As the Munich air disaster recedes further into the past it does not take more than a cursory glance over the recollections of its survivors to realise the pain and horror remains brutally vivid.

Eight wonderfully gifted Manchester United footballers were among 23 people who lost their lives, with former England and Manchester City goalkeeper Frank Swift among the members of a cherished Manchester press corps who would never come home.

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The Busby Babes were young men living an improbable dream of wowing spectators at home and abroad, with back-to-back league titles secured and the promise of a third. In their final game together, they secured a European Cup semi-final spot by seeing off Red Star Belgrade.

Such achievements and prospects pale next to the stark reality of the parents who lost their sons, wives widowed and children without their fathers. Geoff Bent, Roger Byrne, Eddie Colman, Mark Jones, David Pegg, Tommy Taylor and Billy Whelan left irreplaceable gaps in the lives of loved ones and the collective consciousness of a mourning city.

It does not pay to dwell too long upon those harrowing scenes from the slush-coated Munich-Riem runway 60 years ago today, so reflections will naturally turn towards the aforementioned achievements and the football those men played.

We are told how Matt Busby's side captured the imagination of a nation and there is always one name lingered upon, one to which their admirers return, the symbol and talisman of that first truly great Manchester United line-up.

"I'm absolutely sure that if his career had had a decent span he would have proved himself the greatest player we had ever seen," said Bobby Charlton of his dearly departed friend Duncan Edwards when he spoke around the 50th anniversary tributes in 2008.

"Yes, I know the great players – Pele, Maradona, Best, Law, Greaves and my great favourite Alfredo di Stefano – but my point was that he was better in every phase of the game."

Eulogies concerning Edwards, football's first teen sensation and United's 21-year-old inspiration at the time of his untimely death, tend to centre on this very notion of an impeccable, complete footballer. The numbers only tell a fraction of the story but they are impressive enough.

The Dudley-born half-back made his professional debut at 16 years and 185 days against Cardiff City in 1953. By the time he turned 21 he boasted two league titles and was an established international. He played 177 times for United in total, scoring 21 goals.

European and World Cups for club and country were all in a dazzling future cruelly snatched away from a player of imposing physicality - ferocious in the tackle, with a thumping shot and vast range of passing.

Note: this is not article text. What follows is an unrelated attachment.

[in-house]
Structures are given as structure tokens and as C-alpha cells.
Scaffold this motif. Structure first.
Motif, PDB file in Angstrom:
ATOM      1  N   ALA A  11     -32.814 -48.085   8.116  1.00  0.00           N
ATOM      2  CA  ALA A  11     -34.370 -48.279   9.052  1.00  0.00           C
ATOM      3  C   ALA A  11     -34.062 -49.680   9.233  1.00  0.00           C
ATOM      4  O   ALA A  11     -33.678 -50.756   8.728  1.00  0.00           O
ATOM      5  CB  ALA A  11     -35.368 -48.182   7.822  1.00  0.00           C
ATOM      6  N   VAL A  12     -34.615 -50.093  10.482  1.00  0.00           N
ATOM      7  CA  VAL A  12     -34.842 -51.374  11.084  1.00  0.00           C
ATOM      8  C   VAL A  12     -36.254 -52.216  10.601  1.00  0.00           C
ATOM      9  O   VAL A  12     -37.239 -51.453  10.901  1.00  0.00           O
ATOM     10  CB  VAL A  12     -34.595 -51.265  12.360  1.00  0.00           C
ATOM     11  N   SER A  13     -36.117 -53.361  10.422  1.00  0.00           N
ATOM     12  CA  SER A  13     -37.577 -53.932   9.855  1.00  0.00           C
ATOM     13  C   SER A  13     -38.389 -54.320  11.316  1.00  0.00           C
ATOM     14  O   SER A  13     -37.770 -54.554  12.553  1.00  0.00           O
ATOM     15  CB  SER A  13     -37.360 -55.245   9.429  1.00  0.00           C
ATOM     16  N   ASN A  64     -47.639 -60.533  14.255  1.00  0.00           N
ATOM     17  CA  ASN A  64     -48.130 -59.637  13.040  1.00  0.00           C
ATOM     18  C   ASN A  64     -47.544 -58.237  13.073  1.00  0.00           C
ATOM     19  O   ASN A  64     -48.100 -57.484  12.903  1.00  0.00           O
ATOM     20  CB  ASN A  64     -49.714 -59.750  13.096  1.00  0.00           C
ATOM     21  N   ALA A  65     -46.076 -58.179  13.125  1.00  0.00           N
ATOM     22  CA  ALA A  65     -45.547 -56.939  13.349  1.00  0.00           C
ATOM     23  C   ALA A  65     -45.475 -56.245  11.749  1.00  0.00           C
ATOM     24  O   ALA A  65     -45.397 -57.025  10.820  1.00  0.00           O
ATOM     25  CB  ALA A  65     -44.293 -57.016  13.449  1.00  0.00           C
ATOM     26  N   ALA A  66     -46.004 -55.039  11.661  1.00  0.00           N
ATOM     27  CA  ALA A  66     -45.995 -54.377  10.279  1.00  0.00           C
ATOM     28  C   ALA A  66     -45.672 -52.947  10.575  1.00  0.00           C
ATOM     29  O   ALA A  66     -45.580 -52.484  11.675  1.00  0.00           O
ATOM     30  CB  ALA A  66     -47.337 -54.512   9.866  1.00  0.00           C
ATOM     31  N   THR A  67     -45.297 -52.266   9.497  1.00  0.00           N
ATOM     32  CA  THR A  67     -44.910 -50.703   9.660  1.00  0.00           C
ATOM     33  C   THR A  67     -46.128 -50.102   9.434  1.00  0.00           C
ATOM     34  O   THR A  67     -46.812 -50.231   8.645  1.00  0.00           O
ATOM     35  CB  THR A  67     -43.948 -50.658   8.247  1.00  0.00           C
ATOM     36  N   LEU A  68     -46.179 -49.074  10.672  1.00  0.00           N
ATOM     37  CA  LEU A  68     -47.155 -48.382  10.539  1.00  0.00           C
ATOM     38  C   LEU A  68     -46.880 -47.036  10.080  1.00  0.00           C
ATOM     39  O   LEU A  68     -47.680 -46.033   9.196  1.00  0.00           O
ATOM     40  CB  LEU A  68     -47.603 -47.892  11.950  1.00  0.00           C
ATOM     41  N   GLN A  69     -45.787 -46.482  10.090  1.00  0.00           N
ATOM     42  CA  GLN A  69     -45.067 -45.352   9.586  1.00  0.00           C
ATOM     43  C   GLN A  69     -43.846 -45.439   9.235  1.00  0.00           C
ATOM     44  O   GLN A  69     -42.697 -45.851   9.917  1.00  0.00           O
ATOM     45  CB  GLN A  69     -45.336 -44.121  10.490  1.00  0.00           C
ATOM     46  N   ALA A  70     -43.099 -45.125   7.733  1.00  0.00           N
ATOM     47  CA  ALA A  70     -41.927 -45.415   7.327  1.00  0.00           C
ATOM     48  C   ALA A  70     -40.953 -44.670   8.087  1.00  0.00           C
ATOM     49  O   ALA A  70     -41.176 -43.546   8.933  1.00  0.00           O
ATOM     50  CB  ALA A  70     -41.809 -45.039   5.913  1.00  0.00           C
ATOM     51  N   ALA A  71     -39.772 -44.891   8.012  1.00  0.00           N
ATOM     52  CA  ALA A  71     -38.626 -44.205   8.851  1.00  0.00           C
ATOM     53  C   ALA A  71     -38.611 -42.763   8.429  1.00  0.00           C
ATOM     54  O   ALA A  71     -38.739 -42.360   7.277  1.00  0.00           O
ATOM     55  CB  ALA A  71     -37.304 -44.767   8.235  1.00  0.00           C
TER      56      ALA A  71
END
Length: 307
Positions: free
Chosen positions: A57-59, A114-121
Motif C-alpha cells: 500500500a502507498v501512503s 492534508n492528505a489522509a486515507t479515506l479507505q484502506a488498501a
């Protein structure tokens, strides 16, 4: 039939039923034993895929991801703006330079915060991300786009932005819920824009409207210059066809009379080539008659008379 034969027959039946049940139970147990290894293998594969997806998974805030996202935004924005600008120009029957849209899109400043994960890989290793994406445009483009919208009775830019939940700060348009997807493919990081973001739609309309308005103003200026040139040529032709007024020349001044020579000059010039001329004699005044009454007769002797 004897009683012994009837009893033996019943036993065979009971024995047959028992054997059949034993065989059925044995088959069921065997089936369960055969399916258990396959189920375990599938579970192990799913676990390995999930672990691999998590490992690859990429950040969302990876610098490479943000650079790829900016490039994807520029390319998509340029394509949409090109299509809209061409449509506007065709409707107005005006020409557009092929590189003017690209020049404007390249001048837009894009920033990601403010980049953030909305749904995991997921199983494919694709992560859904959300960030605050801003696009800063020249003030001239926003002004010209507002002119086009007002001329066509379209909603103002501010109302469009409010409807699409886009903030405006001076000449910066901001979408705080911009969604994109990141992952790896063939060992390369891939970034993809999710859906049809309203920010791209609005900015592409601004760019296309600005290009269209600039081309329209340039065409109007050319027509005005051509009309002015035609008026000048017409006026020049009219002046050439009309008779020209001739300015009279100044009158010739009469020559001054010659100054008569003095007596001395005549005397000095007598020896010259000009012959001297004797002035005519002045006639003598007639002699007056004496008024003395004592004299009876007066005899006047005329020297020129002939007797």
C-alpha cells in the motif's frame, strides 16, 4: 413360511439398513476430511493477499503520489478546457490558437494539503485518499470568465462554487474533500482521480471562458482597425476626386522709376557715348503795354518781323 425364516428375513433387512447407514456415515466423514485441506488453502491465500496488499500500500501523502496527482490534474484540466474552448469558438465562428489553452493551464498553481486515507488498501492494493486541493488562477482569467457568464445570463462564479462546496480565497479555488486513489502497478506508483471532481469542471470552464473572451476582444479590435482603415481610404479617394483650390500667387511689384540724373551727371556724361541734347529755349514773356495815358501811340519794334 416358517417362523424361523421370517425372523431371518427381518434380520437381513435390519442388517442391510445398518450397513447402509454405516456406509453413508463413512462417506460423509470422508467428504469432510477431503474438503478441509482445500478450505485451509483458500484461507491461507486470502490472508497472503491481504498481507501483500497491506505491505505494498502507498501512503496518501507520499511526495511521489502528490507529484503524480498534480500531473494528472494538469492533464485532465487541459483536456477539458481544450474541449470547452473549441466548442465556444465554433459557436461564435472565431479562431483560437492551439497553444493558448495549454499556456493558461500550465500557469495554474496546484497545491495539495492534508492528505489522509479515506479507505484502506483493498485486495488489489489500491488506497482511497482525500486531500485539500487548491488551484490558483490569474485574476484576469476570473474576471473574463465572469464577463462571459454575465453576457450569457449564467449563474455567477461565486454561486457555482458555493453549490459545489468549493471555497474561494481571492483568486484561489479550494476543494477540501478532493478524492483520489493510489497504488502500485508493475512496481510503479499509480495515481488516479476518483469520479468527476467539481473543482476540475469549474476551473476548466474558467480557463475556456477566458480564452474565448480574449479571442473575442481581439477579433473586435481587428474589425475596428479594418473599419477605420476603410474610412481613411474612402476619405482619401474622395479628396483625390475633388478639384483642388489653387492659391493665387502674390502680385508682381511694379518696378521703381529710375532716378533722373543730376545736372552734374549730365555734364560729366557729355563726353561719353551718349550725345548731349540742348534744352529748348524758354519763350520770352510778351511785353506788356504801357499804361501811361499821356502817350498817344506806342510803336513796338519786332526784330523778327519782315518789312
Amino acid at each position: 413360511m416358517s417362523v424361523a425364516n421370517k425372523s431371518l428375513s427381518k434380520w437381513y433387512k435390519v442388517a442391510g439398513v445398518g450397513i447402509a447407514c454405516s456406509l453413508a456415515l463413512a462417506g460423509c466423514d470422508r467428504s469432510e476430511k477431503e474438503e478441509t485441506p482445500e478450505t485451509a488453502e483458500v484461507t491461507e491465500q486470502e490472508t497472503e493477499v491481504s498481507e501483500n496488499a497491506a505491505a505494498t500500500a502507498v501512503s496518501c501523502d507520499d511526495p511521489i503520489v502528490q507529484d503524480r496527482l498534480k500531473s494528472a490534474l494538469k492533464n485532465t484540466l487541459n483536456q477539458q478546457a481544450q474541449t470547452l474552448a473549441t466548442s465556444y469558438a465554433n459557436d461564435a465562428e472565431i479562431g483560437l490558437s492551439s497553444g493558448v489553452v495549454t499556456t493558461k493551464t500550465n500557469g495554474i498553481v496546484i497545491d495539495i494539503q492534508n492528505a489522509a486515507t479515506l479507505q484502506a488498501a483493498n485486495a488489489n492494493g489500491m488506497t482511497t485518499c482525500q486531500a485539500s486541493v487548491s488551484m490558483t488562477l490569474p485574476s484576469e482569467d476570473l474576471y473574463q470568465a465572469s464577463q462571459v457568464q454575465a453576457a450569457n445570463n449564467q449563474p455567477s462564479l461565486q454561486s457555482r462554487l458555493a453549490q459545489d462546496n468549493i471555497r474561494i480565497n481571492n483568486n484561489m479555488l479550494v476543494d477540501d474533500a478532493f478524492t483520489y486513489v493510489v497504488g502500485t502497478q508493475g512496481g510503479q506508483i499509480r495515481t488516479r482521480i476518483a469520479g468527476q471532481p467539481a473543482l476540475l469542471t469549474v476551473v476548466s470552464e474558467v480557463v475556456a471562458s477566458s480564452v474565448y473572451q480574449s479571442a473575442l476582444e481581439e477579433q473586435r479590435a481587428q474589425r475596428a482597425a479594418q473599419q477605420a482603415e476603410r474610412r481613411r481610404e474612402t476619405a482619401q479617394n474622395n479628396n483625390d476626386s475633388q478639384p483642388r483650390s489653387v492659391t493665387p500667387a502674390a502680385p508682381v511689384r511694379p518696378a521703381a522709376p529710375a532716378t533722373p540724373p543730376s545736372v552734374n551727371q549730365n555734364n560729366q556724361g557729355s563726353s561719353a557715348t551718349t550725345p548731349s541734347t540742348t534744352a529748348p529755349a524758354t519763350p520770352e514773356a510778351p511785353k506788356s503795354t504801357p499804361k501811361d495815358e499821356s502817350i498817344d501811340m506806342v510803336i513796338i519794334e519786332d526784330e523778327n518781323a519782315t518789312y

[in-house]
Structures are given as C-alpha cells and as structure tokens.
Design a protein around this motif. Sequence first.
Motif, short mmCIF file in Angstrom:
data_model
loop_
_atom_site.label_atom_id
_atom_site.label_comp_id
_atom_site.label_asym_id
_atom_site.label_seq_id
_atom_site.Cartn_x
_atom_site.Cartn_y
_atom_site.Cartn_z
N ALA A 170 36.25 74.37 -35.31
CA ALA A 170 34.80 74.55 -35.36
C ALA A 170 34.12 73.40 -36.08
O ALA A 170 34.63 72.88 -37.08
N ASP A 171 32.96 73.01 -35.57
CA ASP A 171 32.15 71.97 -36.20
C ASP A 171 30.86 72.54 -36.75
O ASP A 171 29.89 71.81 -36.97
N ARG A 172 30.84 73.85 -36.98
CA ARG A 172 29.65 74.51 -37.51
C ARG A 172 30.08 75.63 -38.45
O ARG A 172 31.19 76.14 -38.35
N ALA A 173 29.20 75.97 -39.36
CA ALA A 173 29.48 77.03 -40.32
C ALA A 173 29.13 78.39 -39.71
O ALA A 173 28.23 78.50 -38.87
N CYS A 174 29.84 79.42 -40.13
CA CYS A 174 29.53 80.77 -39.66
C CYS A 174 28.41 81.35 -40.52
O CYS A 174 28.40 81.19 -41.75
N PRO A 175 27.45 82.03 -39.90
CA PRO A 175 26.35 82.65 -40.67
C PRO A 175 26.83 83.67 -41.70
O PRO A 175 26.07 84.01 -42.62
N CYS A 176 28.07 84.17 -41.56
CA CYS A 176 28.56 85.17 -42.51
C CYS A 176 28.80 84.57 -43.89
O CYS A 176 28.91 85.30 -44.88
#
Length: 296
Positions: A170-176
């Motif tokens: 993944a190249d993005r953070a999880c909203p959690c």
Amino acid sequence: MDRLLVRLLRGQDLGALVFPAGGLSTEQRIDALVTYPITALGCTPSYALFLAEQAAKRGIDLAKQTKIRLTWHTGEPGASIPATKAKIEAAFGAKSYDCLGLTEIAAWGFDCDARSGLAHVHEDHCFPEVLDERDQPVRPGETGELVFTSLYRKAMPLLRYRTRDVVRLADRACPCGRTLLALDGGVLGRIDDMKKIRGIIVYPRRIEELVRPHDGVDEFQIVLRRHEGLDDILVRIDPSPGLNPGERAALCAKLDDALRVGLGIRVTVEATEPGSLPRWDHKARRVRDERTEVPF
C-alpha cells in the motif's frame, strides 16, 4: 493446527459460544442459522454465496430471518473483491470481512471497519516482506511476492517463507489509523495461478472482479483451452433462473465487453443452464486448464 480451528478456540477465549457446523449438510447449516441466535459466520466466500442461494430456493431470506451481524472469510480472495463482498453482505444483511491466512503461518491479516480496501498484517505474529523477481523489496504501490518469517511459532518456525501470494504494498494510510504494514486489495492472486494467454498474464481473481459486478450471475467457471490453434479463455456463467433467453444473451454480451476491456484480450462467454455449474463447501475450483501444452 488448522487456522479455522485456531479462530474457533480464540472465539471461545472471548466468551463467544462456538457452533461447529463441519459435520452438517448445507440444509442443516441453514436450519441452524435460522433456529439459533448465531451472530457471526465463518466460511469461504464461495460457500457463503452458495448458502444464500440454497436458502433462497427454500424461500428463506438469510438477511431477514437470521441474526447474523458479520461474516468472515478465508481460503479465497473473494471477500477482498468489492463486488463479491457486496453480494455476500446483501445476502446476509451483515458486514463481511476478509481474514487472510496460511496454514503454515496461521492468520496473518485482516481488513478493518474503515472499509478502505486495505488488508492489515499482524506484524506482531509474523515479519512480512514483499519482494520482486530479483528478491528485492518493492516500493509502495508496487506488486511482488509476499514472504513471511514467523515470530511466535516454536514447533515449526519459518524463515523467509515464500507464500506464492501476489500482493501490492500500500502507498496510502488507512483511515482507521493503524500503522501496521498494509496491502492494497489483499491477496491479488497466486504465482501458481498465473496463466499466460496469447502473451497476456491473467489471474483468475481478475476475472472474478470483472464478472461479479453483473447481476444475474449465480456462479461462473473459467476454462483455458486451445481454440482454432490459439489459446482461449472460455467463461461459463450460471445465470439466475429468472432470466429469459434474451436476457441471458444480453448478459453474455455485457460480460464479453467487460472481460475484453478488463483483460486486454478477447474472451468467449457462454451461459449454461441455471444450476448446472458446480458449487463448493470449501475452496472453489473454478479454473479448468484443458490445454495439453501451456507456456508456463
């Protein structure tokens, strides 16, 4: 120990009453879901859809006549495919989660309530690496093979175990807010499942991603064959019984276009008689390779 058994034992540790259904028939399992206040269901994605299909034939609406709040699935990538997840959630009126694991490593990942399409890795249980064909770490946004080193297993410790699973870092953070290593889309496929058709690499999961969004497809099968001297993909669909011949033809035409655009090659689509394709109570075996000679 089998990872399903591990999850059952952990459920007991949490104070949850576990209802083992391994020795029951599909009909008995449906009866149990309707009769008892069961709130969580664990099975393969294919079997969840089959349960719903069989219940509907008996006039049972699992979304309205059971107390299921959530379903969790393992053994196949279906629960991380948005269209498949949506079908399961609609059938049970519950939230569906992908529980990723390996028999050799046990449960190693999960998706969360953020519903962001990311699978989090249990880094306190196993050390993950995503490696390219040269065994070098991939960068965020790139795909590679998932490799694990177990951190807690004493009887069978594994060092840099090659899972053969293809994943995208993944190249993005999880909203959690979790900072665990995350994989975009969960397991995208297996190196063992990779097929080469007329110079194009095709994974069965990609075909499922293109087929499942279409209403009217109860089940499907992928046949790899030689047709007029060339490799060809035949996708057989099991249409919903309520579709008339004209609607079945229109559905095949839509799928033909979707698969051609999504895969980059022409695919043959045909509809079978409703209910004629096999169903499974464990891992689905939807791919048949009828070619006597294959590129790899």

Edwards' position of half-back – a deep-lying midfield in modern terms - may be an anachronism but in his own book published after the Munich disaster, Tackle Soccer This Way, he added weight to the perception of a player being ahead of his time who would have succeeded in any era.

"Before a ball is kicked or a tackle made, the keynote of this position is stamina," he explained, in a decade when a rigorous approach to fitness work was perhaps not the prerequisite it is for the top-flight stars of today.

"The wing-half is never still. Either he is foraging in his opponents' half, or else back helping his own defence withstand pressure.

"The wing-half needs all the defensive skill, power of recovery and hardness of tackle of the full-back, yet he must ally these to the enterprise of the inside-forward."

Here, Edwards could easily be describing the box-to-box midfielders so cherished by fans and coaches, with versatile and between-the-lines scheming thrown in for good measure.

He goes on to insist being two footed is a "must" in his position, while talking of how winning the midfield duels is fundamental. It is not hard to imagine the likes of Jurgen Klopp, Pep Guardiola and Mauricio Pochettino purring at the thought of such a player.

"My own idea of the top-class wing-half is that he should defend and attack with equal competence, and he should always remember that he is nearest thing to perpetual motion the game will ever see," Edwards summarised. "It is a position that will sap a man's strength both physically and mentally. Yet it is infinitely satisfying."

A player of Edwards' gifts and attitude in the modern game would undoubtedly be a social media phenomenon, throwing out viral video clips by the game. A crunching tackle, a lung-bursting run, a spectacular shot – all sights lapped up and shared thousands of times by fans today. They were Edwards' calling cards.

To a large extent, he remains the benchmark at his former club. This notion of a "United Way", something Alex Ferguson bent to his will and his successors have laboured under the weight of, harks back to a daring, high tempo, complete model of football. To crib Edwards' own words, a style of perpetual motion that is intensely satisfying.

United's celebrated "Class of 92" had greater resonance because they were part of a lineage that began with Edwards. The same will is true of Old Trafford's latest homegrown stars.

"As youth players, the history of the club is instilled in us and it's really important that we learn and understand about what happened in 1958 – not just about the air disaster, but also what an amazing team the Busby Babes were and the legacy they left," said Jesse Lingard, leading the tributes from United's current crop.

We can never truly know how the brilliant Busby Babe would fare across future eras but we can be sure Edwards will remain a reference point to help define them. It is wonderful legacy for a man universally acclaimed as a wonderful footballer; a certainty attached to English football's great "what if?".